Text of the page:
The first Porsche 356 produced in Stuttgart leaves the plant in Zuffenhausen on April 6, 1950. Already the following year, the one thousandth of the sports car with a sheet steel body is produced. The first 52 examples were made in Austria in 1948 and 1949 - by hand and with an aluminum bodywork. Originally Ferry Porsche and his team thought of a series of 500 vehicles. In fact, until the end of production in 1965 about 78,000 Porsche 356 were put on wheels.
In the mid-fifties, the company has around 500 employees, who produce eleven 356 a day. The bodies come from the neighboring company Reutter. Porsche production and engine construction are housed in the Sheddach-Halle, which today is the heart of the area designated as Plant 2. The production is located in the vicinity of the brick building known as Plant 1, built in 1938, and which at that time was used by both the management and the design department. With increasing production figures, the plant is undergoing appropriate adjustments. But body shop, paint shop, engine assembly, saddlery and final assembly are still in spatial proximity.
Growth with the 911
The 911 is successfully following in the footsteps of the 356. Global demand is increasing, requiring several factory extensions. And the spatial conditions in the growing Stuttgart district of Zuffenhausen call for new solutions: Building 41 is in 1969 the site of a multi-storey production building. Engine construction has already been outsourced to a separate, south-facing building, and Plant 2 has been expanded to include a further hall. The new assembly building makes it possible to spatially separate individual production areas. This creates space for optimizing the production flow and enables the increase of production capacities. Instead of the former 70 vehicles, around 90 sports cars can now be produced. In 1973 Porsche employs a good 4,000 people. The two-storey assembly is still in operation – in a constantly modified form. Among other things, Building 41 is extended and modernized in the late 1970s and mid-1980s. In the Schwieberdinger Street, the heart of the site, the two-door sports cars are produced today.
Expansion in Zuffenhausen
At the end of the eighties more than 8,000 people work for Porsche. The workplaces are distributed over the production in Zuffenhausen, the development department in Weissach and further offices in Ludwigsburg. In Zuffenhausen, an automated high-bay warehouse (1982), the once again extended assembly (1985) and a new paint shop (1986) were put into operation. In the paint shop built on the grounds of Plant 2, fully automated transport systems and – for the application of PVC underbody protection – painting robots are used. Just in time for the start of the 911 Generation Type 964, in 1988, a new body shop is added in the immediate vicinity of the Plant 1. The freshly produced bodies reach the paint shop by means of a connecting conveyor bridge – relieving the heavy traffic on the site.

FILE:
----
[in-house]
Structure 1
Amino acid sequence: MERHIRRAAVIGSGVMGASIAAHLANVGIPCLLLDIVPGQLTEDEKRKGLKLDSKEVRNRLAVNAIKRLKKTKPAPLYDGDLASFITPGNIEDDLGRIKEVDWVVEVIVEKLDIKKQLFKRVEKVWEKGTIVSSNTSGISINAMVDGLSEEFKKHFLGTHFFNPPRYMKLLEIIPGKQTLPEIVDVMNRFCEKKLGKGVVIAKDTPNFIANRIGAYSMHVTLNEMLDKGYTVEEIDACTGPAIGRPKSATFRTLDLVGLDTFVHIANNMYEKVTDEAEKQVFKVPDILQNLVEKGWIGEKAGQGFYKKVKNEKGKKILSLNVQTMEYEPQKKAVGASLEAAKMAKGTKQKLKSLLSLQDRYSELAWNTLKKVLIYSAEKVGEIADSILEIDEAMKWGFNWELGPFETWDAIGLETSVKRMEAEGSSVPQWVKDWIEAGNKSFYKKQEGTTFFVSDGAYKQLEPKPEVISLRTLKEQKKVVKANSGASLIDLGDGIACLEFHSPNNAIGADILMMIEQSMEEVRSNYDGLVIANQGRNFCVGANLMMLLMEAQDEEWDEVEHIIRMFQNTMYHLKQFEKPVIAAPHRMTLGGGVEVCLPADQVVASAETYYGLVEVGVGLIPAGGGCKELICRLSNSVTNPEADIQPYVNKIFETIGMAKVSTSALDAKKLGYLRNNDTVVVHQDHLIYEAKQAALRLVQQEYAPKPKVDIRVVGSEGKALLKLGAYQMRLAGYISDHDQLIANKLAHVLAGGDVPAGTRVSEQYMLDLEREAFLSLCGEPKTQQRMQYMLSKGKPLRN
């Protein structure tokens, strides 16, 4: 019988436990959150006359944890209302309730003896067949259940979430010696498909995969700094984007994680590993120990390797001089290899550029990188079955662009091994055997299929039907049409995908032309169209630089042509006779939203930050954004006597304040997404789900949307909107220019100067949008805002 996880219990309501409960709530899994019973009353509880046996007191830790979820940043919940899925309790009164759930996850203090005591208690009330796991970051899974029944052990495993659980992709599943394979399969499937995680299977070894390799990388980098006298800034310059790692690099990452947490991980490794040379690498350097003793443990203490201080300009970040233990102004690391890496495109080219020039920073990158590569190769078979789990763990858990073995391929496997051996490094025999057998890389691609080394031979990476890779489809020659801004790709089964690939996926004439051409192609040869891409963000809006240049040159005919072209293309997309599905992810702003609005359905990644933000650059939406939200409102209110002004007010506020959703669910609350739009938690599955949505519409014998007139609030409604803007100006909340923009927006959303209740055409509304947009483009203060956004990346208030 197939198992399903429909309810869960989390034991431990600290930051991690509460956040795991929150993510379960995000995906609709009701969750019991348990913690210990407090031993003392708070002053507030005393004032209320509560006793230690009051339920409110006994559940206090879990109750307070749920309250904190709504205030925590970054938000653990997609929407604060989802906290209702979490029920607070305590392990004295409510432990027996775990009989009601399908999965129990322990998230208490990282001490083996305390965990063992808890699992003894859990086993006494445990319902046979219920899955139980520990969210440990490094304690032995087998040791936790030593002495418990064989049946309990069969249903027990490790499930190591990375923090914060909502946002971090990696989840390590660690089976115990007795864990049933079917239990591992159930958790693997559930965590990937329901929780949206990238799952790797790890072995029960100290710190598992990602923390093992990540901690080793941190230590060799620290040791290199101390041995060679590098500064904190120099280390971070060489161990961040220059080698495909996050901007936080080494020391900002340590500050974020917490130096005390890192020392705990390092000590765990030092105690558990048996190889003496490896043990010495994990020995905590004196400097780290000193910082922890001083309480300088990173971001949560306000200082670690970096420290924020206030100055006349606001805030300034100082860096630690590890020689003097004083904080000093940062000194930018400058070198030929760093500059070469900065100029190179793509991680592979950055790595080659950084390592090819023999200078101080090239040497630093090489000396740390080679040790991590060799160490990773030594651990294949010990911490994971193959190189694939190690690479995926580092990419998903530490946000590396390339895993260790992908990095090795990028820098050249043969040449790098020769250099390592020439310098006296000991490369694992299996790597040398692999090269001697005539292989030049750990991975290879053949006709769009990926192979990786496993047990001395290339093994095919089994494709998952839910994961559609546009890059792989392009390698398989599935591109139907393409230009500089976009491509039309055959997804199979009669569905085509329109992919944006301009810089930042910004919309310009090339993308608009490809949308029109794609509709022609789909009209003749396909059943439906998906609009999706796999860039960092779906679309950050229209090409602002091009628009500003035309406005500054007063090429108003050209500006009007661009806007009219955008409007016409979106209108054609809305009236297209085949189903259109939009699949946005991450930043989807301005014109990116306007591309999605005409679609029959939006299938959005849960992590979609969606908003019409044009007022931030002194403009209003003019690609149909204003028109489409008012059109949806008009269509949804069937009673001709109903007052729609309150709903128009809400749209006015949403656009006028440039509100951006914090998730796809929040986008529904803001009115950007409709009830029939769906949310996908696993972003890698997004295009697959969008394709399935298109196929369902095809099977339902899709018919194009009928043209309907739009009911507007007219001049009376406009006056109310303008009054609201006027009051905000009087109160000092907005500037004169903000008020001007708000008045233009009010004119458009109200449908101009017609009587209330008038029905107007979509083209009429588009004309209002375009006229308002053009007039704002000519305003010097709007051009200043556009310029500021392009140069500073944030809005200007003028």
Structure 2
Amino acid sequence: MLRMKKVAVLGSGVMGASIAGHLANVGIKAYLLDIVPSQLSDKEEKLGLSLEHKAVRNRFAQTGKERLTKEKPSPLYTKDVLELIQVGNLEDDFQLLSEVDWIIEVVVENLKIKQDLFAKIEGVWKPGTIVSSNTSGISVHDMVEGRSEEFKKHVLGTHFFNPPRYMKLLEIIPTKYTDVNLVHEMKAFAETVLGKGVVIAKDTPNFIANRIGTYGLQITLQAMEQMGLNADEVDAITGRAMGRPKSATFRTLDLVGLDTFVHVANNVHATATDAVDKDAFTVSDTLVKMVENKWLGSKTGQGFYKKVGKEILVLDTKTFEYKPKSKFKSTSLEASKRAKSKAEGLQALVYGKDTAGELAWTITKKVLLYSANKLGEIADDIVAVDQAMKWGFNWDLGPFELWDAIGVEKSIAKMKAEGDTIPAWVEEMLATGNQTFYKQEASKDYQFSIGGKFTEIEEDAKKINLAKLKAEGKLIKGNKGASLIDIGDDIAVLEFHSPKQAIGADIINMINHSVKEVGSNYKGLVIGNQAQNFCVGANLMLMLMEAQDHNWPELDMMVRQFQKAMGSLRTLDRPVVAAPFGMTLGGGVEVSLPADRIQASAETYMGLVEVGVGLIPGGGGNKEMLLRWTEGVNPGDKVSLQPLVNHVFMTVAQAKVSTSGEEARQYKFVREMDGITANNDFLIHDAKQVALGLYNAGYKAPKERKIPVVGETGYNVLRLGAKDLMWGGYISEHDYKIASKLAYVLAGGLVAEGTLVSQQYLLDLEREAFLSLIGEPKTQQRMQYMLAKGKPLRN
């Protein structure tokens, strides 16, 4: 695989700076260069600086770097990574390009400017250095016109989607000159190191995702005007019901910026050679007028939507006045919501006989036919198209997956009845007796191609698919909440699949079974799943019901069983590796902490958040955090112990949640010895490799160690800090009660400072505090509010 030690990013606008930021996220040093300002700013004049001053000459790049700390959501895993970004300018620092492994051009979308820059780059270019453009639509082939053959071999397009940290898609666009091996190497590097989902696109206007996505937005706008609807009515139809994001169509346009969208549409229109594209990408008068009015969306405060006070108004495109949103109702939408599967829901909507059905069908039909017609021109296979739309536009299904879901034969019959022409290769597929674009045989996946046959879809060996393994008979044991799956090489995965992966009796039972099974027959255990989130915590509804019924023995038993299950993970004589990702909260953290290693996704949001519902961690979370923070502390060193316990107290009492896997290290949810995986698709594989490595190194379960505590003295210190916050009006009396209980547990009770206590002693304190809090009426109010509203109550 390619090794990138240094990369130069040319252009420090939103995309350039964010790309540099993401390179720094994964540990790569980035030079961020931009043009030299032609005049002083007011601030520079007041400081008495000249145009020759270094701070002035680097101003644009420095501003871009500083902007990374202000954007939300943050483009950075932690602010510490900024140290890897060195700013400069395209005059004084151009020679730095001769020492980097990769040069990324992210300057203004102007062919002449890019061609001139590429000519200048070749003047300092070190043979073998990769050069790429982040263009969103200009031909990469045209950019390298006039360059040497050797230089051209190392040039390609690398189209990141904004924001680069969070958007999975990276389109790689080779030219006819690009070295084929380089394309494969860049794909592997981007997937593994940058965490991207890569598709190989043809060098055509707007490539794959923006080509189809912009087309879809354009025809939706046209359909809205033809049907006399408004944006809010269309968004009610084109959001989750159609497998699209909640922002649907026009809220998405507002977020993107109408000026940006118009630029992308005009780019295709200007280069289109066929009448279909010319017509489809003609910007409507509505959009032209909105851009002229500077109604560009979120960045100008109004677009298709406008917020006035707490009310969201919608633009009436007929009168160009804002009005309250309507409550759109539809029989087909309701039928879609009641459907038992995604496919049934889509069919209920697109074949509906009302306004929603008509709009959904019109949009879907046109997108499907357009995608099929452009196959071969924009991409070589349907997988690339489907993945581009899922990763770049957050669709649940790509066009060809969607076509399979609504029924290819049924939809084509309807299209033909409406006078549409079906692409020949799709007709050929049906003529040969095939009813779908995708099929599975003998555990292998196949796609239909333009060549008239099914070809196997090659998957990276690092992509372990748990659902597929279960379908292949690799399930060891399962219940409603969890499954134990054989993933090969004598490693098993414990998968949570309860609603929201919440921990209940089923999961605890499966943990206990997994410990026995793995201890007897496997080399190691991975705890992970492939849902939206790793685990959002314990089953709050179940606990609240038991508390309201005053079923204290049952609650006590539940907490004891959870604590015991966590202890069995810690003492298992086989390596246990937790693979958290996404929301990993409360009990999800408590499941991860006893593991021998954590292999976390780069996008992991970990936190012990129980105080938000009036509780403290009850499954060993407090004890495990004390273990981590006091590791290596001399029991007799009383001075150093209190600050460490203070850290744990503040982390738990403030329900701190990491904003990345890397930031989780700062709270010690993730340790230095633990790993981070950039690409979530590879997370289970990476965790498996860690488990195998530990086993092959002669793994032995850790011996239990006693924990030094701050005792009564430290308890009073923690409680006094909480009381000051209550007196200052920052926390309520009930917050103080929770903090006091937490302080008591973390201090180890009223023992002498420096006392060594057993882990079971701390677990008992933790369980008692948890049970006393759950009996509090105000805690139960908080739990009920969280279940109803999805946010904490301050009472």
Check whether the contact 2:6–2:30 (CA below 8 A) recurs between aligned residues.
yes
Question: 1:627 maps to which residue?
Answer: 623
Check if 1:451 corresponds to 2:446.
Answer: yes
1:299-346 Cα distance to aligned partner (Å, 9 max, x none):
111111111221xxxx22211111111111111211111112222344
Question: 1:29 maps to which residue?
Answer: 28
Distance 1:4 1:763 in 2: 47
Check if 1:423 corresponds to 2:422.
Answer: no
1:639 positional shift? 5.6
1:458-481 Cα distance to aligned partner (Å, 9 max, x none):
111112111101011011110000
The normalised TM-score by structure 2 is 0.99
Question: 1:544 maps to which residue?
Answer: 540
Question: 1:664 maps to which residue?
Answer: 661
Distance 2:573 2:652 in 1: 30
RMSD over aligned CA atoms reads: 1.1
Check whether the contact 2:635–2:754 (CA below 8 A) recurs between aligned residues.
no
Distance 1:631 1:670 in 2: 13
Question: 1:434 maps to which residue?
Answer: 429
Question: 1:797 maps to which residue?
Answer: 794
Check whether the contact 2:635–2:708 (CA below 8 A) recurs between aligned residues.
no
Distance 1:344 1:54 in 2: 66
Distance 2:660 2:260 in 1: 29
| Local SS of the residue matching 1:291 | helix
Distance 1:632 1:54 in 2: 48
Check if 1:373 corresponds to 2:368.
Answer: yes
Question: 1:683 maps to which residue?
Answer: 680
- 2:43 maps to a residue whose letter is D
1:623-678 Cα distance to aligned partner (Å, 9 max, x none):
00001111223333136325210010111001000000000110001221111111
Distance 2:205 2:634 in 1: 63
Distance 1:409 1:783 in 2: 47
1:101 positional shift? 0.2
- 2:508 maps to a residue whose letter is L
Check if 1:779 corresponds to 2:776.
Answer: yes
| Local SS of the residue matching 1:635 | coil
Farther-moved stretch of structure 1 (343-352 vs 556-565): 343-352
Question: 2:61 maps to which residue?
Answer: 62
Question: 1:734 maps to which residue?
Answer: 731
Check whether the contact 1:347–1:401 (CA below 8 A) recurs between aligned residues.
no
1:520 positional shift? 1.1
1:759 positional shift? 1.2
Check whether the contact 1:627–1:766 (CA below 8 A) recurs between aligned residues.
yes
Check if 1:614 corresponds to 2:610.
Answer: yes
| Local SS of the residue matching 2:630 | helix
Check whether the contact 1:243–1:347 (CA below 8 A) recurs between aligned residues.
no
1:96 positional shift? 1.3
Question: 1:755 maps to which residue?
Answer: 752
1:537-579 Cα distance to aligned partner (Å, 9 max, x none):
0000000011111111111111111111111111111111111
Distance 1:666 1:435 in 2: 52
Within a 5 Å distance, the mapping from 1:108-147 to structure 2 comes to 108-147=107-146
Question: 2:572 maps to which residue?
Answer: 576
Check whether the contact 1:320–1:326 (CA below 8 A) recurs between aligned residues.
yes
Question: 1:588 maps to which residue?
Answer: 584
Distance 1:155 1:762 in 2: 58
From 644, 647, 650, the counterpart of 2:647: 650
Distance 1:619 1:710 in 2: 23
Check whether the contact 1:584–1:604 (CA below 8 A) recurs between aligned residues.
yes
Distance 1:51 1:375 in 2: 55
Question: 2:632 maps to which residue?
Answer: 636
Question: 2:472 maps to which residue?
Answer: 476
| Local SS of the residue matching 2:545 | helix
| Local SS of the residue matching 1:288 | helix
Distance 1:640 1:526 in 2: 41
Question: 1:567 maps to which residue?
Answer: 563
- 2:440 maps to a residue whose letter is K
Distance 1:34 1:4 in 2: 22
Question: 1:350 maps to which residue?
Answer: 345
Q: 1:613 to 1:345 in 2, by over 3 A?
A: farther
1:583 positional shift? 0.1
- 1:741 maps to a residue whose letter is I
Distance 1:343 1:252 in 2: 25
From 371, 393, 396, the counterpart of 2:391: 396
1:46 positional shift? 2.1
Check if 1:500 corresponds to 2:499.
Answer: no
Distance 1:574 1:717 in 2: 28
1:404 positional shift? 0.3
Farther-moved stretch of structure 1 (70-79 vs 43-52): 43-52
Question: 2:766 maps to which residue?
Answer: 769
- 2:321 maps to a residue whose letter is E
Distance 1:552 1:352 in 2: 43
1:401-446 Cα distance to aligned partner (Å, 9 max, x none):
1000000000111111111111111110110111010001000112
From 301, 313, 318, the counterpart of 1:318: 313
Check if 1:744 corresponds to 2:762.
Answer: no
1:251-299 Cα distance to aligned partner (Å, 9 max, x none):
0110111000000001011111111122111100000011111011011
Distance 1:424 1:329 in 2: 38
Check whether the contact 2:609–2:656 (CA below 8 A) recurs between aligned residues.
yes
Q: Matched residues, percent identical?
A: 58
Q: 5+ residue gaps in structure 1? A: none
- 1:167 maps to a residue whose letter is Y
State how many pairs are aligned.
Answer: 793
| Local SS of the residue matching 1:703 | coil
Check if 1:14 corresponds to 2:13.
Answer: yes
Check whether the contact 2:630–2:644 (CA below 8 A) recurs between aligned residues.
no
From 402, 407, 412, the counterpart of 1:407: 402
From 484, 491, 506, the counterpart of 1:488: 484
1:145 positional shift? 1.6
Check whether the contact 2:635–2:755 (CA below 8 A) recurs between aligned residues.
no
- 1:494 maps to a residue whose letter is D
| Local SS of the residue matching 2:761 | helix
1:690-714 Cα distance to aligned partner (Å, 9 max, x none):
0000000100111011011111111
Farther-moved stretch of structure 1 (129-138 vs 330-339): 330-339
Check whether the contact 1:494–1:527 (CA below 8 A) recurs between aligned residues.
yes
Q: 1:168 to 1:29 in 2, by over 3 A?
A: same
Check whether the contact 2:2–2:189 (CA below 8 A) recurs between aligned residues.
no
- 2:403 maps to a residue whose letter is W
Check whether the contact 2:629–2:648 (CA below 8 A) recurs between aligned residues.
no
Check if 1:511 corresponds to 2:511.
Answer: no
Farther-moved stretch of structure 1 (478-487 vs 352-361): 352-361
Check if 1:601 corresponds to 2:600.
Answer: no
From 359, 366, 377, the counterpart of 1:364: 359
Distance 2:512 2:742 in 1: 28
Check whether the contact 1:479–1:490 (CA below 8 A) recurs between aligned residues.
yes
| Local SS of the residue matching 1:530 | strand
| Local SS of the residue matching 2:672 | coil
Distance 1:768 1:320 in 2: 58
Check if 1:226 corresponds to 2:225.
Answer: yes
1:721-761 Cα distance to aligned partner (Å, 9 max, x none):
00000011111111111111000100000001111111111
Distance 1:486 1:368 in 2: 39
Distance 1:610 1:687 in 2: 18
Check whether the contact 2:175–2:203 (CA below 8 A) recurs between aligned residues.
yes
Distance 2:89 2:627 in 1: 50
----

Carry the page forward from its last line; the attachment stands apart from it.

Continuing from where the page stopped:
The factory of the future
The premiere of Porsche's first all-electric sports car is also accompanied by major changes to the traditional location. The urban location makes the spatial distribution of the various lines of work across the entire company premises necessary. For example, the new body shop, located at the heart of the site, will be joined by the buildings erected to the west for the electric drive and component production as well as a new paint shop. In the northeast is the Building 70 a multistory assembly. The painted bodies and drive components reach the assembly building by means of a 900-meter connecting conveyor bridge – unaffected by weather and without impairing public transport. The loading logistics for the finished Taycan are located east of the Building 70.
Porsche pays the highest attention to sustainability in all its aspects. Production on the site is CO₂-neutral, the energy-efficient buildings are well below the statutory energy requirements, all roofs of the new buildings are landscaped and partly equipped with photovoltaic systems. Biogas-powered combined heat and power plants supply the site with heat and additional electricity. Increasingly electrified logistics vehicles and rail transport powered by green electricity reduce CO₂ emissions in logistics. Added to this there are a host of other measures, with which Porsche is pursuing the goal of the "Zero-Impact-Factory", a production without environmental influences.